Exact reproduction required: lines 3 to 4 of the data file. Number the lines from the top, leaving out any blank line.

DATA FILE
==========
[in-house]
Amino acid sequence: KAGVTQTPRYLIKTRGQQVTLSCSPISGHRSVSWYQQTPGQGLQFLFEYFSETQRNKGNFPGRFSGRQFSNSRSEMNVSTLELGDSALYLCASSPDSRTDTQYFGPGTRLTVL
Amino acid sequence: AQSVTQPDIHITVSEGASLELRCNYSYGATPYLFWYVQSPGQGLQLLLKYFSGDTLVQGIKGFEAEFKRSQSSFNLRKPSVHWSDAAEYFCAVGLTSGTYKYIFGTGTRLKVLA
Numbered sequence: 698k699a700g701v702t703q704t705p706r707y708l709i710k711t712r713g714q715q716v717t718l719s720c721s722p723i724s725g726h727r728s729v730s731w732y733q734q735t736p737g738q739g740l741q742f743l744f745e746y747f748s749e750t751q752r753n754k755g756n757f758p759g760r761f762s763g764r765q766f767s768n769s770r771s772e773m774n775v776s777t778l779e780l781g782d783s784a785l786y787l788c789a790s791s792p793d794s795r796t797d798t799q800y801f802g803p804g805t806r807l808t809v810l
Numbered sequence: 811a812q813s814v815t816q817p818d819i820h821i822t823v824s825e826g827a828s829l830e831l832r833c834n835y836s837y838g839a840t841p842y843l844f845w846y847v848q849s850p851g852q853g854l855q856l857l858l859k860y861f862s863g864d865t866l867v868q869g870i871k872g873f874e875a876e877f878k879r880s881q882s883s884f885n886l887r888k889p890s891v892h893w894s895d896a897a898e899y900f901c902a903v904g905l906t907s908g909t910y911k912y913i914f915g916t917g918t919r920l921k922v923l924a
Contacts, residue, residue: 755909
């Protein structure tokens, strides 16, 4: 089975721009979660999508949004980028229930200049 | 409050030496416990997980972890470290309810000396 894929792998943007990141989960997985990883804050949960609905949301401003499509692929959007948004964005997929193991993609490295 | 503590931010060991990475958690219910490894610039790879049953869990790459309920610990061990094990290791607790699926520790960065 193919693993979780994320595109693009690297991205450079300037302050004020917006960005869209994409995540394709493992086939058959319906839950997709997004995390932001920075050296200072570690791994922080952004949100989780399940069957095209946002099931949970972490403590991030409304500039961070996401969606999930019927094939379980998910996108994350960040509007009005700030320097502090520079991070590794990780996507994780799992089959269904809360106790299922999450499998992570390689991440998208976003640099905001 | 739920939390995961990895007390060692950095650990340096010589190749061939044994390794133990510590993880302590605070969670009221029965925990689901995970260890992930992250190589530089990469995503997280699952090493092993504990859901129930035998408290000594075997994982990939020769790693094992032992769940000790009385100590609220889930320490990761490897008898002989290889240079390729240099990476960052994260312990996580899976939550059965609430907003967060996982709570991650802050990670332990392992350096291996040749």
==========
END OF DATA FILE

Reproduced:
Amino acid sequence: AQSVTQPDIHITVSEGASLELRCNYSYGATPYLFWYVQSPGQGLQLLLKYFSGDTLVQGIKGFEAEFKRSQSSFNLRKPSVHWSDAAEYFCAVGLTSGTYKYIFGTGTRLKVLA
Numbered sequence: 698k699a700g701v702t703q704t705p706r707y708l709i710k711t712r713g714q715q716v717t718l719s720c721s722p723i724s725g726h727r728s729v730s731w732y733q734q735t736p737g738q739g740l741q742f743l744f745e746y747f748s749e750t751q752r753n754k755g756n757f758p759g760r761f762s763g764r765q766f767s768n769s770r771s772e773m774n775v776s777t778l779e780l781g782d783s784a785l786y787l788c789a790s791s792p793d794s795r796t797d798t799q800y801f802g803p804g805t806r807l808t809v810l